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Oklahoma Department of Central Services auctions off classic auto seized in drug raid


Scott Cooper July 2nd, 2009

Classic car lovers, an opportunity awaits. Browsing through the state of Oklahoma's auction Web site, several items are up for grabs. But one item in particular will have admirers of vintage aut...

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Classic car lovers, an opportunity awaits. Browsing through the state of Oklahoma's auction Web site, several items are up for grabs. But one item in particular will have admirers of vintage automobiles double-checking their bank accounts.

The state has put a 1964 Ford Thunderbird Coupe up for sale that looks as new as the day it came out of the factory, with a shine to make any car salesman envious.

"She's sweet, and I'm not a big car person," said Gerry Ann Smedley, public information officer for the Oklahoma Department of Central Services, which handles the auction. "They've (department employees) been heading over there to check it out."

Being kept at the central services warehouse near Reno and May avenues, the classic car comes with a 300-horsepowered, eight-cylinder engine and 86,004 miles on the odometer.

The obvious question is how in the world did the state government come across a car such as this? A drug raid, of course. The vehicle was seized by the Oklahoma Bureau of Narcotics and Dangerous Drugs two years ago.

"That was part of an investigation we worked with several agencies," bureau spokesman Mark Woodward said. "It was a large drug trafficking case. It mainly involved cocaine and marijuana. This (car) was on a trailer. We did a traffic stop on the vehicle, which was part of our investigation. It was not a routine traffic stop, and just found drugs in the car."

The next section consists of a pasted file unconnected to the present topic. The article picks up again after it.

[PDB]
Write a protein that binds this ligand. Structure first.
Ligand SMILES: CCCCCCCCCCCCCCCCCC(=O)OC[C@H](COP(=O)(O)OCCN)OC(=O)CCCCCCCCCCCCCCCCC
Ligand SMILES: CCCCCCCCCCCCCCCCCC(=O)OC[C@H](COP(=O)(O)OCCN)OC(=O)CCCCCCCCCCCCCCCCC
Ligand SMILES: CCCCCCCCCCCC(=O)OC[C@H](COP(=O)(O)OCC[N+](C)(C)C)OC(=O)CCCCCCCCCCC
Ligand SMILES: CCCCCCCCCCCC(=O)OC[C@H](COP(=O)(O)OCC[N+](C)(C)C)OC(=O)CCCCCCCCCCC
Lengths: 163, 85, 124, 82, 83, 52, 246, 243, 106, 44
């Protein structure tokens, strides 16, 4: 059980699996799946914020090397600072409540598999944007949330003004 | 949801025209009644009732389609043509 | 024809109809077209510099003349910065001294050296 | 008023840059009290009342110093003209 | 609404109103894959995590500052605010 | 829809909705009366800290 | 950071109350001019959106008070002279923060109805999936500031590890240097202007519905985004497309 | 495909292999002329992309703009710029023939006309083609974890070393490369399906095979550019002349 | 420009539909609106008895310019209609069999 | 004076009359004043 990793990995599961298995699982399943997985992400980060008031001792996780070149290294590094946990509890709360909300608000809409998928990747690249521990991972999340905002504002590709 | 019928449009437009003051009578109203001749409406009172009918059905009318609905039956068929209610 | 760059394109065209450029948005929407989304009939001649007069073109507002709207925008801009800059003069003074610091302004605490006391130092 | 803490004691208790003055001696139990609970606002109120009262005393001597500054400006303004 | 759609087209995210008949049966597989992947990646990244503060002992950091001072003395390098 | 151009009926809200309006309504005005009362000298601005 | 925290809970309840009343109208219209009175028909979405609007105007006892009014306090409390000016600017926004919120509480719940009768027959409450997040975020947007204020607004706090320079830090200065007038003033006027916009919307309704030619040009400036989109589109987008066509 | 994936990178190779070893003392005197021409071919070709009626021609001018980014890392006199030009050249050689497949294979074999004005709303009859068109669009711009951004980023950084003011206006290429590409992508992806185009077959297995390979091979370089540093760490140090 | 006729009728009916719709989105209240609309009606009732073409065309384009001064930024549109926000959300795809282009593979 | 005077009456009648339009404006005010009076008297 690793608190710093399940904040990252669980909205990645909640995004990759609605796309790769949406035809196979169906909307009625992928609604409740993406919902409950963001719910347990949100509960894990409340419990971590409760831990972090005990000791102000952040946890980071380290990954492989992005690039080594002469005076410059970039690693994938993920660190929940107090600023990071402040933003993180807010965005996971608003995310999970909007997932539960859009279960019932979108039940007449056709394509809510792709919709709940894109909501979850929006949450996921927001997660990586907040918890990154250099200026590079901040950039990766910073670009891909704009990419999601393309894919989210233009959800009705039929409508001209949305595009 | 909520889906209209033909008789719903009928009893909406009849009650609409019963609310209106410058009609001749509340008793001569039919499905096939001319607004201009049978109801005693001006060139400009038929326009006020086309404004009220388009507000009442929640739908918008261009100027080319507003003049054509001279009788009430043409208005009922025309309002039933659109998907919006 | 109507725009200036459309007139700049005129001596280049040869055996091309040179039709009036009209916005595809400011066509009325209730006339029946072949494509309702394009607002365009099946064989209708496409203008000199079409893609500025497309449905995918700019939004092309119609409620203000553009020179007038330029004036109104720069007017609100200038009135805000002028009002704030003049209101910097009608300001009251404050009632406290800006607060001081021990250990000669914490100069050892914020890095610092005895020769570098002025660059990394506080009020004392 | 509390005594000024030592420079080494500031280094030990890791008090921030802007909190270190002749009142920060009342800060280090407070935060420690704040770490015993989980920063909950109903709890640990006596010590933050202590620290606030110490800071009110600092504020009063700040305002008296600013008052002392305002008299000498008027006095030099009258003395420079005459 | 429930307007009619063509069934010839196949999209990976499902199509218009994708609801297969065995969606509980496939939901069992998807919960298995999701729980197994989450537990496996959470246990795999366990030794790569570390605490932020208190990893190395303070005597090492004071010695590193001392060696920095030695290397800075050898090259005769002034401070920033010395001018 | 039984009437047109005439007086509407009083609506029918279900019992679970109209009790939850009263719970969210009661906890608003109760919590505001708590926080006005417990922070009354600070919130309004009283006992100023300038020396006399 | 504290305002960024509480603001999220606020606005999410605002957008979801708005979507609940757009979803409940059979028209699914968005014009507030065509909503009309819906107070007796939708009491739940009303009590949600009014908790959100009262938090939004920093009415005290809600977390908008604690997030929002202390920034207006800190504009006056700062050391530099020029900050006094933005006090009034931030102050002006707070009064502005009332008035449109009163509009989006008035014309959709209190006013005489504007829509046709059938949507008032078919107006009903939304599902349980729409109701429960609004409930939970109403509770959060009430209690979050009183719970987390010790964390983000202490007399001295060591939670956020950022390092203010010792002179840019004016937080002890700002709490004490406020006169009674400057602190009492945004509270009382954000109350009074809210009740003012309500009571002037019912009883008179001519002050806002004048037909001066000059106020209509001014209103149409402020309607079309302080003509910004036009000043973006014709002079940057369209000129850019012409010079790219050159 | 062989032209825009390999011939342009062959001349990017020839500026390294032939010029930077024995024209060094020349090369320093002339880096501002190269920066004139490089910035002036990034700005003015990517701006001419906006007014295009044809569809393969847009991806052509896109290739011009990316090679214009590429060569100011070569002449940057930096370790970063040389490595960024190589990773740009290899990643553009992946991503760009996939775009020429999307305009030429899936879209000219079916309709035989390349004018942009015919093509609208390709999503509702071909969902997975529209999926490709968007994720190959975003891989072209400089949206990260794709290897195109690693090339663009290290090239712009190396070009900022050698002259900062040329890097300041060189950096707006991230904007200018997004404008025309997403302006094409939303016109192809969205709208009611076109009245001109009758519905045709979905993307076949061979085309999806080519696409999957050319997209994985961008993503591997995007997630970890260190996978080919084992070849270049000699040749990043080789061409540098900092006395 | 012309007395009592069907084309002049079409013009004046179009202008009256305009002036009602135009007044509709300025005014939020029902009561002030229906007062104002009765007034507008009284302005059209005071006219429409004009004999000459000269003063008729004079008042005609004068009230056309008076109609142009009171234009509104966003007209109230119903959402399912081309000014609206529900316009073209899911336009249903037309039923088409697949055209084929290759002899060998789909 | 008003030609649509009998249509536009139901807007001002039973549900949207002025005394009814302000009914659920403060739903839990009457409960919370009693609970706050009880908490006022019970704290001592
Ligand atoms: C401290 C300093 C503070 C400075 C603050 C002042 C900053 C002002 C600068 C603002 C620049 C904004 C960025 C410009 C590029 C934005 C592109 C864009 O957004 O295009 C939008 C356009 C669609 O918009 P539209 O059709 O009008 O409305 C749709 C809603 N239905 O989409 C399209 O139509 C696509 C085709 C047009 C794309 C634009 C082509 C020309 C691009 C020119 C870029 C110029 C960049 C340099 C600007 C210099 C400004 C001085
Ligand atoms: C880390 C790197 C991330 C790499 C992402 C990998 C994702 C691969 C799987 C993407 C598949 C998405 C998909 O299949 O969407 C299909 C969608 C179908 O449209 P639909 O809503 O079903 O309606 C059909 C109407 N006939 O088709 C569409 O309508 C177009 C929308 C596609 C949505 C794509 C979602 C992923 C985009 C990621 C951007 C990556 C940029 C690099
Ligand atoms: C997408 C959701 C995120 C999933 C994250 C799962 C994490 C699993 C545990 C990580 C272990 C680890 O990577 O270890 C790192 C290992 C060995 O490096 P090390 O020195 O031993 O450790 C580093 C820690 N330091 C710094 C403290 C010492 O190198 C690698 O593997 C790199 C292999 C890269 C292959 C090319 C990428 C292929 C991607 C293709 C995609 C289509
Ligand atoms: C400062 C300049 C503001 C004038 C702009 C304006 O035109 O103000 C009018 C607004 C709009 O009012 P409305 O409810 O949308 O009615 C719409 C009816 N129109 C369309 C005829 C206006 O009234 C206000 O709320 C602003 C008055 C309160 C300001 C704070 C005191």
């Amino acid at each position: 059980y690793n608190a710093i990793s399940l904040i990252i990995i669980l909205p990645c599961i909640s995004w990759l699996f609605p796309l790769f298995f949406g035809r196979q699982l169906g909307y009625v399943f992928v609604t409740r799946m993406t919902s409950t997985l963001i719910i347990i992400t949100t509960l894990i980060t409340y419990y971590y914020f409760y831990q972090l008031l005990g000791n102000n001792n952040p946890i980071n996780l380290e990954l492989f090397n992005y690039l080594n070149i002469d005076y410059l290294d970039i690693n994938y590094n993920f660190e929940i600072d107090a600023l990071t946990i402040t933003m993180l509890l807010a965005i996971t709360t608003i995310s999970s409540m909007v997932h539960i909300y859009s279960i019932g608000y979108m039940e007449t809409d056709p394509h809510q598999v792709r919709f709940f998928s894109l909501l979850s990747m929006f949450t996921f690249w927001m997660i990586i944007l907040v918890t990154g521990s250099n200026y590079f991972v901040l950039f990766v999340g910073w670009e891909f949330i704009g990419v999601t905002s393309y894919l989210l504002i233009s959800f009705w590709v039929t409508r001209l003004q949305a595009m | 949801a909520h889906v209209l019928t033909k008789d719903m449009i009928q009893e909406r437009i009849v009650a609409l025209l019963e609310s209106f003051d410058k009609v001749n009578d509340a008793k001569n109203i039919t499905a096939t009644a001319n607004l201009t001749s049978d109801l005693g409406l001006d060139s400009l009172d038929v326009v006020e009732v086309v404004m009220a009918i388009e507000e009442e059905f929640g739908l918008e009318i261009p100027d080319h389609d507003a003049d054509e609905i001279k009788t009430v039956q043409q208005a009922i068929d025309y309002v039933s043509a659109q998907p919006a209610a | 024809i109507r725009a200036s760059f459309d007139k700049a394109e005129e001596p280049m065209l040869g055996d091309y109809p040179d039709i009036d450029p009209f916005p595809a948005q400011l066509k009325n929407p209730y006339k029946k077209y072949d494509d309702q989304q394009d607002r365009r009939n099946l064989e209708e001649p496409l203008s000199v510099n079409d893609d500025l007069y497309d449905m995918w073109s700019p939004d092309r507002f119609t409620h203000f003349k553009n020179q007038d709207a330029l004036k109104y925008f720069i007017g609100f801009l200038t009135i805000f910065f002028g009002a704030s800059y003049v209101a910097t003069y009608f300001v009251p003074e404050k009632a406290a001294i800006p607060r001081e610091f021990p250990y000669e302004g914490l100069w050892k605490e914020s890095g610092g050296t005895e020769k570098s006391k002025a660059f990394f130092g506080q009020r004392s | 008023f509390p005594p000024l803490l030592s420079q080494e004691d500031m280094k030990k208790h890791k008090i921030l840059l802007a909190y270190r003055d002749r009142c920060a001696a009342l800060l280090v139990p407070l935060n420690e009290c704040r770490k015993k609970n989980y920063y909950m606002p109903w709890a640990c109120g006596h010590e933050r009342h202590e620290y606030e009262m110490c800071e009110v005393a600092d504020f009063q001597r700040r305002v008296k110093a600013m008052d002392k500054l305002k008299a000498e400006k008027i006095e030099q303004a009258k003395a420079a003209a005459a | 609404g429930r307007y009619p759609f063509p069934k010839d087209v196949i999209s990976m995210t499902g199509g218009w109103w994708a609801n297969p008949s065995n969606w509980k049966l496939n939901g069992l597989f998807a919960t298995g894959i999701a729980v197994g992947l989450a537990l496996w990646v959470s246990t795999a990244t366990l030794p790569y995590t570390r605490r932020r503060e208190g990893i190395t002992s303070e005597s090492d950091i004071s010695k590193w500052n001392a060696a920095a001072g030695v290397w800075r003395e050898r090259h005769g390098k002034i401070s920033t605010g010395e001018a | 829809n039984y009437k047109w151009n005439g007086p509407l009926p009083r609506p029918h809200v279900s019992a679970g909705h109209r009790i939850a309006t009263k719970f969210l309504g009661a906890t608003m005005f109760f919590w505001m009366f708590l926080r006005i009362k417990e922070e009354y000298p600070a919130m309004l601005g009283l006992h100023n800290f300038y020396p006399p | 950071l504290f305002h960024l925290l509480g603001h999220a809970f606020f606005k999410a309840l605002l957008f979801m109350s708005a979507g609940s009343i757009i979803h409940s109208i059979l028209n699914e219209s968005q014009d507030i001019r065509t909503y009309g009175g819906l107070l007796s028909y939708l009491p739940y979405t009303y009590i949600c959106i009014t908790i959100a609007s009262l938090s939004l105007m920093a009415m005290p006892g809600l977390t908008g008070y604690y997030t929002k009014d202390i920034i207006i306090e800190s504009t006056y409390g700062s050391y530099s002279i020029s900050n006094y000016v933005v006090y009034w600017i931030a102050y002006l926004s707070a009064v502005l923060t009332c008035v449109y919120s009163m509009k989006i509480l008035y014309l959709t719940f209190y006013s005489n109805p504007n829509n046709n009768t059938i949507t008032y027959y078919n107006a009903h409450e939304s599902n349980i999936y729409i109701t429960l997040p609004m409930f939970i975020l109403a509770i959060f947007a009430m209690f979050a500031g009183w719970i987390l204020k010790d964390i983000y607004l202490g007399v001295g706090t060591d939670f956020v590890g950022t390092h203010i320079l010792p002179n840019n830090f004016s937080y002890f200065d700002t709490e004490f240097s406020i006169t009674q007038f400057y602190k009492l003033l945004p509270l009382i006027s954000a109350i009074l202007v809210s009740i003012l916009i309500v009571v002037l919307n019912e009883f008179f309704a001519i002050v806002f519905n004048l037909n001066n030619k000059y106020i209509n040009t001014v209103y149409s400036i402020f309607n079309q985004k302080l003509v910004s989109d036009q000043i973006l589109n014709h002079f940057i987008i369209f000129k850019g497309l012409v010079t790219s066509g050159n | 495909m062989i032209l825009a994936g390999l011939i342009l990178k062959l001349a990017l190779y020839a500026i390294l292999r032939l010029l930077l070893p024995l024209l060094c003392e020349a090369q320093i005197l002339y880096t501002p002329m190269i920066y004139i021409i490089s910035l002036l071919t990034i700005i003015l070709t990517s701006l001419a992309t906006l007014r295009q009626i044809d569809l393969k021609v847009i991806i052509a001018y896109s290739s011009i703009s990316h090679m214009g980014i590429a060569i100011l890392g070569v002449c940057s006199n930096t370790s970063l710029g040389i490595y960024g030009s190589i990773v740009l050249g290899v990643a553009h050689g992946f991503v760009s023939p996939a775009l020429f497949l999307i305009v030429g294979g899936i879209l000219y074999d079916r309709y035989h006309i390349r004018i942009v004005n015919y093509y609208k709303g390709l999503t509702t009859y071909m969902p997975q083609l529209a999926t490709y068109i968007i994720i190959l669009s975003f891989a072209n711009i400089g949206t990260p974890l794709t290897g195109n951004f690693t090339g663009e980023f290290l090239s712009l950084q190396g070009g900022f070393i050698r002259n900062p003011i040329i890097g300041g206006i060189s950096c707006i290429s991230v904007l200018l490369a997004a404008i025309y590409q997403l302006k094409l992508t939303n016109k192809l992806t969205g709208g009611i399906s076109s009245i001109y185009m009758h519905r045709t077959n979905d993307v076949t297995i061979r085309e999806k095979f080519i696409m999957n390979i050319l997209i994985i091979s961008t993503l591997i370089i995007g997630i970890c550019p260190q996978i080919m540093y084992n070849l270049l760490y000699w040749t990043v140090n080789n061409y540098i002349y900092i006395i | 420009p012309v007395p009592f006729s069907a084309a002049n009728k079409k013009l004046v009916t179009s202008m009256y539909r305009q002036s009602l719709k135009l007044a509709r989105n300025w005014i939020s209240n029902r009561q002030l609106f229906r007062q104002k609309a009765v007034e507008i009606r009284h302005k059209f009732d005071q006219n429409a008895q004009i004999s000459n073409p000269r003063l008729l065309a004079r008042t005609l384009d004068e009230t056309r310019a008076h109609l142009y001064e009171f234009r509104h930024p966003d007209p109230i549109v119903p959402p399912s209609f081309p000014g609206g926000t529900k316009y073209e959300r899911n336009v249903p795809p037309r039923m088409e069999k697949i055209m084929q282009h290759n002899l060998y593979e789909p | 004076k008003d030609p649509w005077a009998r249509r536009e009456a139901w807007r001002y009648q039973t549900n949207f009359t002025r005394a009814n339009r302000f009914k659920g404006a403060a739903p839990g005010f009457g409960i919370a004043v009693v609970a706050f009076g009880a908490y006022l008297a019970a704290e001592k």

DISPUTE THE ISSUE
When property is seized by OBN, the owner has 45 days to dispute the issue with the state. Woodward said the car had been in the bureau's possession for two years, and the owner never fought to reclaim it. As with any other seized item that remains in the bureau's possession, the auto was placed in the state's surplus inventory and marked for auction.

But so far, no one has been interested in buying the vintage vehicle. Twice, the car has been put up for bid on the state's online auction Web site. But neither time has a bid been placed. The opening bid is set at $11,800. The car is now up for a third time, with the deadline to purchase the T-bird set for this afternoon.

While such a treasured item might seem unusual for the state to auction off, Woodward said drug agents hardly flinch at what they find during a raid.

"You get the gamut in drug seizures," he said. "We got a Hummer last year and a Cadillac Escalade. And then you get the Ford Pinto that's broken down in the front yard."

The money generated from the sale will go back to the bureau and other agencies which helped in the investigation. Proceeds from most auctioned state surplus items, whether sold online or once a month at the warehouse's public auction, go into the surplus property program.

"Agencies, by law, cannot throw anything away," Smedley said. "Even the smallest item, you just put into a box and send them over."  "Scott Cooper

 
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